Immunity is a silent but a salient feature of our body that protects us from foreign substances that are harmful to our health. Immune cells in our body protect us from infection-causing pathogens. Without immunity, we wouldn’t be alive and surviving.
It is thought-provoking how a baby continues to live inside a mother’s body without her immune system attacking it, considering it as a foreign object, at least partially. That being said, a mother’s immunity also has a big role to play in miscarriages. Now, this seems perplexing! To understand this we must know how a woman’s immune works when she is pregnant.
Researchers have always assumed that during pregnancy, the mother’s immune system suppresses to let the baby survive inside her body. However, on the contrary, studies show that the immune system is highly active during pregnancy and in turn, helps in its sustenance and progression.
The immune system helps in all the three significant stages of pregnancy—the implantation, the maintenance and the labor. The scientist came up with something to describe it, it is called ‘an immune clock of the human pregnancy.’ The immune system alters itself during pregnancy to protect the baby from a default attack and simultaneously protects the mother from infections.
The study conducted at the Stanford University, USA, and Ghent University, Belgium found out that the mother’s immune system tunes between three phases—pro-inflammation, anti-inflammation and pro-inflammation again.[ref[Aghaeepour, Nima, Edward A. Ganio, David Mcilwain, Amy S. Tsai, Martha Tingle, Sofie Van Gassen, Dyani K. Gaudilliere et al. “An immune clock of human pregnancy.” Science Immunology 2, no. 15 (2017): eaan2946.[/ref]
At the first stage of implantation, when the embryo attaches to the uterine lining, the cells released by the immune system penetrate into the lining of the uterus and causes inflammation. This inflammation is necessary—without it, the implantation cannot happen. Thus, the immune system is in pro-inflammation phase, which continues throughout the first trimester.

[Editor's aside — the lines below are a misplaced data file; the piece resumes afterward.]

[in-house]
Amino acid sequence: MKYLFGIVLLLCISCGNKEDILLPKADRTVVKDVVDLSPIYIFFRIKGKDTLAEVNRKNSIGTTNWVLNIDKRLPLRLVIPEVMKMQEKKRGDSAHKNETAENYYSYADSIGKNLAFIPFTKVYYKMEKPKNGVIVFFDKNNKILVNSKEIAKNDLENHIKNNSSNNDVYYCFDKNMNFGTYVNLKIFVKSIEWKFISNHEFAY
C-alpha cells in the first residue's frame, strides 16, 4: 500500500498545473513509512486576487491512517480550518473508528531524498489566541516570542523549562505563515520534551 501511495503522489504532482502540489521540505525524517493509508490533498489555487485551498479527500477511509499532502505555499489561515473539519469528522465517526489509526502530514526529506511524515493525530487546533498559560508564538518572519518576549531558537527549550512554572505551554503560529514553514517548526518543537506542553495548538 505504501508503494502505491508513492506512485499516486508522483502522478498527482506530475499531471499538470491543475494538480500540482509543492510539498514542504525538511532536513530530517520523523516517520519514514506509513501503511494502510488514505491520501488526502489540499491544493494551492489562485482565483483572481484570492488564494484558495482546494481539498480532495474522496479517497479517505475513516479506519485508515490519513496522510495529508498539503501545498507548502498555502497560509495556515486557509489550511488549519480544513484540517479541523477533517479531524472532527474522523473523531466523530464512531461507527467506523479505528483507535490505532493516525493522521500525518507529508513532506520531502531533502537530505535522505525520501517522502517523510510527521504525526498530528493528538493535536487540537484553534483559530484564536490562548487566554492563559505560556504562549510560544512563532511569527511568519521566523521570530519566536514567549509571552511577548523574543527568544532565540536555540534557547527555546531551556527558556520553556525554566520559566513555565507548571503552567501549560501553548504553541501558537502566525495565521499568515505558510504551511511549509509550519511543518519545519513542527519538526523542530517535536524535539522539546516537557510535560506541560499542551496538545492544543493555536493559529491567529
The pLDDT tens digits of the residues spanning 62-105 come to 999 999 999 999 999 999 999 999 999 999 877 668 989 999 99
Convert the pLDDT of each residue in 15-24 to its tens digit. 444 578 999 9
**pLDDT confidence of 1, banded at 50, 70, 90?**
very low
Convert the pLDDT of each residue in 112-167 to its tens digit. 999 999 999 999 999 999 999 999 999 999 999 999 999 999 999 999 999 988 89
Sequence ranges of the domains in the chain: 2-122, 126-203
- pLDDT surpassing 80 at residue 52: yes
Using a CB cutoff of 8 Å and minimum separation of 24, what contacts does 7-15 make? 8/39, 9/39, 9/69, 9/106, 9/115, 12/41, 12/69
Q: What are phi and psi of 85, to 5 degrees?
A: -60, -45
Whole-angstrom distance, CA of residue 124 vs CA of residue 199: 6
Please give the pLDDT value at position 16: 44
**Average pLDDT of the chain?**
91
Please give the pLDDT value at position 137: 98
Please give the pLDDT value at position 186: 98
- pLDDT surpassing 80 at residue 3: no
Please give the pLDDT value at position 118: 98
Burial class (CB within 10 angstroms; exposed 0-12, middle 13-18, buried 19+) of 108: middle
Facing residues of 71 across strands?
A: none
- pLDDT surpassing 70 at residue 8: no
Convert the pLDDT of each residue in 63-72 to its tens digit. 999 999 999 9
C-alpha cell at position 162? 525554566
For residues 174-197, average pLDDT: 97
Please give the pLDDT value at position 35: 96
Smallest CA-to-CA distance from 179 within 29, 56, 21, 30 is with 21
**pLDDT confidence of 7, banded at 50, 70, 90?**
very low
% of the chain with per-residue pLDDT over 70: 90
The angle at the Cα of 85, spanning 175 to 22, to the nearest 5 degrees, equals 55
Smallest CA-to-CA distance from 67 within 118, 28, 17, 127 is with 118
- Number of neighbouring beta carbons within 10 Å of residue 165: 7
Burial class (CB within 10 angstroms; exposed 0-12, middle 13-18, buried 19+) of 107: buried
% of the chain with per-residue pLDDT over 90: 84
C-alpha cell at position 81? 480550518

The fetus grows rapidly during the second trimester. As the baby inherits the genetic material from the father, they may produce antigens triggering an immune system response from the mother’s body. To prevent any attack to the fetus, the immune system releases a type of cell called Regulatory T cells also called Tregs, thus creating an anti-inflammation phase that continues till the pregnancy reaches its term.
If the Tregs cells are present in low numbers, mother’s immune system won’t be able to withhold an attack to the fetus thus causing a miscarriage.
Towards the end of pregnancy, the immune system again goes into the pro-inflammation mode, which is when the mothers go into labor—without this switch, the mother won’t go into the labor. If the immune system does not respond normally, a preterm labor or a miscarriage is likely.
Another prime cause of miscarriage is an intrauterine infection. Though the mother’s body can fight away most infections, a viral infection poses a serious threat to the baby. If the mother suffers from a viral infection during her pregnancy, it can lead to fetal inflammation and make them more susceptible to bacterial attacks.
The new discovery not only provides a better understanding of pregnancy, it can help the scientists detect the risk of pregnancy by simply testing the blood sample of the mother and checking the count of Tregs cells. Imagine a simple blood test that could rule out a miscarriage or detect an early abnormality.
For now, this study can provide a better explanation to those women who, most of the times, remain under dark when the doctors are unable to determine the cause behind a miscarriage.